Why you should avoid equity (scheme E) in your NPS portfolio!

image of a hand indicating stop to signify why you should avoid equity scheme E in your NPS portfolio!

Published: May 22, 2020 at 10:37 am

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The NPS has a portfolio management fee of 0.01%. There is an additional custodian fee of 0.0032% and various transaction fee applicable on the investment amount (much like an airline charging extra for the seat, leg space and food). Nonetheless, a fee of 0.01320% is not only enticing but also leads one to assume we would be investing in an index fund at least in the equity scheme (type E). Is it the case? Here is why you should not include any equity in your NPS.

At 0.01%, the NPS fee is comparable to that of the Bharat 22 ETF. A Nifty ETF is five times more expensive. A Nifty index fund is ten times more expensive. So it is natural to assume, “if invest in NPS E scheme, we would be investing in a low-cost index fund”.

First of all, what is the benchmark index for the E scheme? Even basic information like this is hard to find! Let us assume it is either Nifty 50 or Nifty 100. It is quite easy to check if a fund is tracking the index or not. According to the April 2020 factsheet, the NIfty 50 holds 11.54% of Reliance Industries and 10.56% of HDFC Bank.

UTI Nifty 50 Index fund holds 11.56% of RIL and 10.58% of HDFC Bank.  HDFC Nifty 50 Index fund has 11.54% and 10.56% of these stocks respectively. Not bad at all.

According to the April 2020 factsheet of SBI Pension Fund, it is Tier 1 Scheme E has 7.74% of HDFC Bank and 7.75% of RIL. Maybe it is tracking the NIfty 100? No, because the fund has only 61 stocks (should have pointed this out first, but counting stocks in a PDF file is hard)

Now, the NPS Trust released return data regularly but does not mention what the benchmark is! After looking at the returns of 228 indices, the closest match I could find to the 1-year return shown below is S&P BSE Sensex 50 – TRI.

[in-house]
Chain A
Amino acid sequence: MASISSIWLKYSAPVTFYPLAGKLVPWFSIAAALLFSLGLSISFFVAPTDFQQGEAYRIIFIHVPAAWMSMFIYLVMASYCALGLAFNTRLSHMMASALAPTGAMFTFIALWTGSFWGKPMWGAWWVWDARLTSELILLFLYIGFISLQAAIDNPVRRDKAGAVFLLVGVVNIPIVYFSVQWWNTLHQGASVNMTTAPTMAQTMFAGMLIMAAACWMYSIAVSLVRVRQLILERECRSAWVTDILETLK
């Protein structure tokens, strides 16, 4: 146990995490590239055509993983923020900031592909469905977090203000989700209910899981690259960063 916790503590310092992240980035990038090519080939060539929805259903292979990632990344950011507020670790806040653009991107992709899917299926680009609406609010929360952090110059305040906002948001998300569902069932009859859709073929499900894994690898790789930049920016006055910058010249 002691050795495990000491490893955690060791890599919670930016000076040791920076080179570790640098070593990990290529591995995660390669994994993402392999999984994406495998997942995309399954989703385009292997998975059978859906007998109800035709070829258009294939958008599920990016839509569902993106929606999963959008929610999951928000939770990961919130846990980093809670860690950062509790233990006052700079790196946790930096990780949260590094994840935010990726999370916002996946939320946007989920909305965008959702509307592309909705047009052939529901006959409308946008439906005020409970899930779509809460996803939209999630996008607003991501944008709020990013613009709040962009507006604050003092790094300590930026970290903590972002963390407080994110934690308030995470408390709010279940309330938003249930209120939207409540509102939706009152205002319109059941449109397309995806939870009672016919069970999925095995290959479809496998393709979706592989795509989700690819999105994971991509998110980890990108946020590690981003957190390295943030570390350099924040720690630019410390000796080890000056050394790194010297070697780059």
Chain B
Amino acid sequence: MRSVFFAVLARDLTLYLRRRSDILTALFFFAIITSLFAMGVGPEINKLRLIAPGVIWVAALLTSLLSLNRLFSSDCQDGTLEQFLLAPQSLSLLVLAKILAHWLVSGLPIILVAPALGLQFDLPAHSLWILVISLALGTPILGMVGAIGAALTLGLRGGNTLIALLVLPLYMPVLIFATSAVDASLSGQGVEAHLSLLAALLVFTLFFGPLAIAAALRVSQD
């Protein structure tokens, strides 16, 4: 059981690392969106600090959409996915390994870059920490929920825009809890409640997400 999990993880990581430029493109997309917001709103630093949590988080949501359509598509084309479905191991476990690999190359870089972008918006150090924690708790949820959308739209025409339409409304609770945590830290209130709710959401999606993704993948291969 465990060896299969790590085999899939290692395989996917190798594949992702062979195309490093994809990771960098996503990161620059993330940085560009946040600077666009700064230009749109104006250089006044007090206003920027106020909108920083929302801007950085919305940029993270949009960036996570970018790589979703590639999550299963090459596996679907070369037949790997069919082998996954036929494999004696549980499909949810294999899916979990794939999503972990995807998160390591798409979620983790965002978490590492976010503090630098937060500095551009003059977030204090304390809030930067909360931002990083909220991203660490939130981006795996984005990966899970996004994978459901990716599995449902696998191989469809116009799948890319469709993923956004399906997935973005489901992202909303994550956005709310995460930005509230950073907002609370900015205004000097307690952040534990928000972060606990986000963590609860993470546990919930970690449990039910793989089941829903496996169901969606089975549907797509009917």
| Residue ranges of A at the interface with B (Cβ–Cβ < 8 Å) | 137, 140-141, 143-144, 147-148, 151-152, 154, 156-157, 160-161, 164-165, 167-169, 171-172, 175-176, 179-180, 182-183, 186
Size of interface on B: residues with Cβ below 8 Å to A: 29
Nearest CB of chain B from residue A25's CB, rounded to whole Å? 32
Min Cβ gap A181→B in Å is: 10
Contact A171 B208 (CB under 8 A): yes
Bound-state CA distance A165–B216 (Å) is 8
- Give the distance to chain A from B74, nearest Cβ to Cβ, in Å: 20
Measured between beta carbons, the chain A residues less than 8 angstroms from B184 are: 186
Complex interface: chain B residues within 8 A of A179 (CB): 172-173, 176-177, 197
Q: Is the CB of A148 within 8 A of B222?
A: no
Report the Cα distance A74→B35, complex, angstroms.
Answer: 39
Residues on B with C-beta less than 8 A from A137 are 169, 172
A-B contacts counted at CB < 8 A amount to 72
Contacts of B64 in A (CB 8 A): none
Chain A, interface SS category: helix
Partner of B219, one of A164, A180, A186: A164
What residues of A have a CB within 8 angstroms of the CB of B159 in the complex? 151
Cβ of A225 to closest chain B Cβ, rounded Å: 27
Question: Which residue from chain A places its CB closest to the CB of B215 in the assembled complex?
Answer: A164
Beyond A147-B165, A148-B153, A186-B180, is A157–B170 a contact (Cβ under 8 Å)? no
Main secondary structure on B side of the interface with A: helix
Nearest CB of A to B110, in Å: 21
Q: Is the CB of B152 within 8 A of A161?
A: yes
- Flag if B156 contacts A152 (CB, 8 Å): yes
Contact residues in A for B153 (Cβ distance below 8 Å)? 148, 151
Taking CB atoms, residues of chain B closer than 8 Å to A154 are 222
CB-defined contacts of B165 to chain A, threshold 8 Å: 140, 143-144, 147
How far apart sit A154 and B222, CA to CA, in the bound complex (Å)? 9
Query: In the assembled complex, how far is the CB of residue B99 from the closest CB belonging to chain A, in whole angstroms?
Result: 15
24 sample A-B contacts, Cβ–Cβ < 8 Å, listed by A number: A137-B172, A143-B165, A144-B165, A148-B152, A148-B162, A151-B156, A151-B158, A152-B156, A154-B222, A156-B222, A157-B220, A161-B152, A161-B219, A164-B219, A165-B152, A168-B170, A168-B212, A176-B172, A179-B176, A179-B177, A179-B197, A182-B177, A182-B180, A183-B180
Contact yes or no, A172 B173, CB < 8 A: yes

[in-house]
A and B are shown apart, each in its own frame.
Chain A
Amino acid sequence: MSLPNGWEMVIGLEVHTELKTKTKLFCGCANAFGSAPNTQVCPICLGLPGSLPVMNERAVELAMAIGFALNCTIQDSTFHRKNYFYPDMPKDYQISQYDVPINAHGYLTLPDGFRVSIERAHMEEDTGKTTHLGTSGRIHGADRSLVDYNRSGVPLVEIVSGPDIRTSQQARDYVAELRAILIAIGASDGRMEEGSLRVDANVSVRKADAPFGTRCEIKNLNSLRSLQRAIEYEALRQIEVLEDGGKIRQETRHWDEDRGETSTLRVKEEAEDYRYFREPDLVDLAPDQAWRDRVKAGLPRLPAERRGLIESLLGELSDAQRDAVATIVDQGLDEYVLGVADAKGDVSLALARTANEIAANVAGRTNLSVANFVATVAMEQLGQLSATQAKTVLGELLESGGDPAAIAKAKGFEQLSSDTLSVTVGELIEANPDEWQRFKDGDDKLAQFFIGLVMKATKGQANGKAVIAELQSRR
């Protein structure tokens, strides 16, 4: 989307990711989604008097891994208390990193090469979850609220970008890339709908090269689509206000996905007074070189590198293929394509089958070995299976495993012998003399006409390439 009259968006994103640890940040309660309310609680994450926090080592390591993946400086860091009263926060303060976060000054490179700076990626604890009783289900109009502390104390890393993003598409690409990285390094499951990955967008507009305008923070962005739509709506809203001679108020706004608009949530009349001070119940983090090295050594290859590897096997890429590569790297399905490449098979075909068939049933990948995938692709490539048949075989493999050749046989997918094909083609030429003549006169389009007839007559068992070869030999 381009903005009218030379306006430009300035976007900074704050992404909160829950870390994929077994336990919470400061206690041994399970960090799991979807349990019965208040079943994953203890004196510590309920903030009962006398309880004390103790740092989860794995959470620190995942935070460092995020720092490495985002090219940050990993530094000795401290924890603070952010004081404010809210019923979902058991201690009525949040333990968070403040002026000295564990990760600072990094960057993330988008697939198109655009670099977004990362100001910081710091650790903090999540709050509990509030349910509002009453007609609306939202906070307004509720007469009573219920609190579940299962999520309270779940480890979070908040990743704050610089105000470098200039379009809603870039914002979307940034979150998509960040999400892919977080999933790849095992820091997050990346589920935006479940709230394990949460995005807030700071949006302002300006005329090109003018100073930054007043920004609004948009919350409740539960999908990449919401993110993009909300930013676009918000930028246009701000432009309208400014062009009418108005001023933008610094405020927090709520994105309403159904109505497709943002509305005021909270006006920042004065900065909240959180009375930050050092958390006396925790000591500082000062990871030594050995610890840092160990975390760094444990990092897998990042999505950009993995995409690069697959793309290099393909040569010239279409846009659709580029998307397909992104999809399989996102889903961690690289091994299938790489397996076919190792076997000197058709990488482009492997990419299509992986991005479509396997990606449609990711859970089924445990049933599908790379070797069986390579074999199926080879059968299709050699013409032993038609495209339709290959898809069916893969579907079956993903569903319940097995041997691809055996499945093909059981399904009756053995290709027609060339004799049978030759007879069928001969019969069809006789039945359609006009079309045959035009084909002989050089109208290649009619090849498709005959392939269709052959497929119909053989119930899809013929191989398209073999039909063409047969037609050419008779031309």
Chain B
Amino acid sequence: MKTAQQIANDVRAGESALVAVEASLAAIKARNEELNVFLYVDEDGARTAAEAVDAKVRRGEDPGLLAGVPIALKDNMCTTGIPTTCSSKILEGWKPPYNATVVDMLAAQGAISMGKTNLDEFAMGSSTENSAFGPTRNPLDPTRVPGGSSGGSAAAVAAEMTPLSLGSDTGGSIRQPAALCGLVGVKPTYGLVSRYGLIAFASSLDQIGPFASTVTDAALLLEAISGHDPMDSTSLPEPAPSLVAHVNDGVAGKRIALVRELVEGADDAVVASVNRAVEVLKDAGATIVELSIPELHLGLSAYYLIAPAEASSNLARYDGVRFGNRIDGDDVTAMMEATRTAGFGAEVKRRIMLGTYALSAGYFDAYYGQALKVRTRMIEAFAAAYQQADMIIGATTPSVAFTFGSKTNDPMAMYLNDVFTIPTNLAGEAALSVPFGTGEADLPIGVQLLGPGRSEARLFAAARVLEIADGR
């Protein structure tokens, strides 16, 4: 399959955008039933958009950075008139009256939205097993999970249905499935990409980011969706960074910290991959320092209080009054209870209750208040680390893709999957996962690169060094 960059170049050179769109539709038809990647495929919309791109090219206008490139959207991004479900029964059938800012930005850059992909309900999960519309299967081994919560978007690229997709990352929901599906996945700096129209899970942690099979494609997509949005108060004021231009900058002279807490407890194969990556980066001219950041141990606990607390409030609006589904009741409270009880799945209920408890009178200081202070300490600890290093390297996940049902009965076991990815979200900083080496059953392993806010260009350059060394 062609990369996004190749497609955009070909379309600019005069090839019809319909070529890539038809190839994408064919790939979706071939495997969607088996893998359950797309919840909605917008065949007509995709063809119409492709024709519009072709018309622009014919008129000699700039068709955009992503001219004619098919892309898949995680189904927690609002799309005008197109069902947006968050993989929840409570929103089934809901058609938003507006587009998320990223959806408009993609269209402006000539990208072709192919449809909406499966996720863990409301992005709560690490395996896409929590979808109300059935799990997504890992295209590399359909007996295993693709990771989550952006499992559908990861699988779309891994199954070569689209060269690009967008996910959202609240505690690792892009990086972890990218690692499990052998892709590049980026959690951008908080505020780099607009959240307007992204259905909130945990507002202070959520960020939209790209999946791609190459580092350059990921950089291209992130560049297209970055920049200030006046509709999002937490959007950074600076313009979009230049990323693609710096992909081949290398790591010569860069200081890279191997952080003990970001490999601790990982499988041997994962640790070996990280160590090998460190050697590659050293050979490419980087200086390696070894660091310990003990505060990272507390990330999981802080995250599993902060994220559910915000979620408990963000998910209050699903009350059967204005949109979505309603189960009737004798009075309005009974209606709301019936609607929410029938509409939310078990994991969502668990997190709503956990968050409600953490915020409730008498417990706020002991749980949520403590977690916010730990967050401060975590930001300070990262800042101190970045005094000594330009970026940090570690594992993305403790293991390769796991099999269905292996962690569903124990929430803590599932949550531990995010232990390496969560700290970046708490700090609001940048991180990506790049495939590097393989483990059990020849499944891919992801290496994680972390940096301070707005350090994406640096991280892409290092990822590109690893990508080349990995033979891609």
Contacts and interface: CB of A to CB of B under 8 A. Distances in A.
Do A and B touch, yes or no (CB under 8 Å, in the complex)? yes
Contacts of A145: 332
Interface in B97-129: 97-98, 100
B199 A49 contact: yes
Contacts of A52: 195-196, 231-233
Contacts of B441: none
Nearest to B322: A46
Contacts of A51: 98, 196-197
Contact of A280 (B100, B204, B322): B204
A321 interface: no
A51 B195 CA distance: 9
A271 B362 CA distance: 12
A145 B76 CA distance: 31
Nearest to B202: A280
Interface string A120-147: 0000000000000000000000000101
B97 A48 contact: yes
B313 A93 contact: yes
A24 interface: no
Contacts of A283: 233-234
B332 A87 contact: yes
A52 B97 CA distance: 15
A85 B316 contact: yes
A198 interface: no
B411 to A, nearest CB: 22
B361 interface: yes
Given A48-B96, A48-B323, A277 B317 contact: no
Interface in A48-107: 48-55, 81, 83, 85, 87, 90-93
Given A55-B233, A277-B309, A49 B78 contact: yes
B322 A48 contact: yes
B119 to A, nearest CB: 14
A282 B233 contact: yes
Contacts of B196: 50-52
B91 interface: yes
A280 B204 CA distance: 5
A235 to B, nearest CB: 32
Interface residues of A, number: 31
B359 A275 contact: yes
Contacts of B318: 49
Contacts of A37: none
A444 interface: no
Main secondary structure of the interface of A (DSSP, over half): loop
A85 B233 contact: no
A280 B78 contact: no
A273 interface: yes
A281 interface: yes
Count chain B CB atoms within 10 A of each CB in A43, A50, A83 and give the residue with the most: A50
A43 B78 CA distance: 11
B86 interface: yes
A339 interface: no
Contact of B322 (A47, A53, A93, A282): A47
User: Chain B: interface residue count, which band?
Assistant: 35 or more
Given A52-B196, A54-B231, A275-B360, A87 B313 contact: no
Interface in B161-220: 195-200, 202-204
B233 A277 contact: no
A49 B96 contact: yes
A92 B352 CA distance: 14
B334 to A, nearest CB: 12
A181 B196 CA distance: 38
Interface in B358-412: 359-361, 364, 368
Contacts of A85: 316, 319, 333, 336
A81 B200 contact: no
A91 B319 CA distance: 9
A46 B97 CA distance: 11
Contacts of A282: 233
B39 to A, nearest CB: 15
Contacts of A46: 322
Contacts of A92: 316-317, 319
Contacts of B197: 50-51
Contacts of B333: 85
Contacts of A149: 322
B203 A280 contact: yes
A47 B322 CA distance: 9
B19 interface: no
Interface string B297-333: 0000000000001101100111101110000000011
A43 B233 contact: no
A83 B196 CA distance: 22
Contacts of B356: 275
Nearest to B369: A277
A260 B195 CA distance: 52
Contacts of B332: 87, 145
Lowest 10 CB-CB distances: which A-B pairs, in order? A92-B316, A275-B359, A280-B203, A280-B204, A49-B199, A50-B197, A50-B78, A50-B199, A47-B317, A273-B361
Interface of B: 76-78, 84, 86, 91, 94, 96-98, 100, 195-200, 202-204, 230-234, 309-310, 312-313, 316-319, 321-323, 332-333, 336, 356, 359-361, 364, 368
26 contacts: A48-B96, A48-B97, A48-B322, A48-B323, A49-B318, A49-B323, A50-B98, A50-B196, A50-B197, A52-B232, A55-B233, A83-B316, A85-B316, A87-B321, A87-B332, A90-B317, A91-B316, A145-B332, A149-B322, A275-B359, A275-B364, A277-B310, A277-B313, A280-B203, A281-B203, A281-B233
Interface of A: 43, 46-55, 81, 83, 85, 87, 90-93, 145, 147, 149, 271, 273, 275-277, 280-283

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Pension Fund Returns
1 Year
Birla Sun Life Pension Management Ltd. -13.76%
HDFC Pension Management Co. Ltd. -14.80%
ICICI Pru. Pension Fund Mgmt Co. Ltd. -18.04%
Kotak Mahindra Pension Fund Ltd. -16.29%
LIC Pension Fund Ltd. -19.64%
SBI Pension Funds Pvt. Ltd -17.29%
UTI Retirement Solutions Ltd. -17.89%
Benchmark Return(?) as on 15/05/2020 -16.56%

However way we look at it, the NPS E Schemes are not index funds! They are low-cost actively managed funds and that is precisely the reason why you should not invest in them.

If you want proof over longer periods of time, check NPS equity schemes underperform Nifty, Nifty 100: time for passive approach?

The NPS is a close approximation to a black box. The investment strategy is either unknown or hard to locate; The same for the scheme benchmark. Historical NAV is hard to source; Some pension fund manager sites like LIC give an error when you try to access; The whole framework is a complete mess.

Under these operating conditions, the PFRDA would be better off with a simple index fund instead of going the active way and not paying the firms enough for it! Investing in a low-cost active fund with an unknown strategy is a terrible idea.  They simply do not have the incentive to outperform especially when there is no star rating to worry about and no one is really looking closely.

What should investors do?

  1. Avoid the NPS if you have a choice: EPF vs NPS: Should you shift to NPS because the govt wants you to?
  2. If you do not have a choice (like me): minimise E scheme exposure as much as possible – ideally zero. Use a combination of gilts and corporate bonds. In my case, I have a default 15% E scheme exposure which I have left alone due to inertia. See: Ten years of investing in the NPS: Performance report
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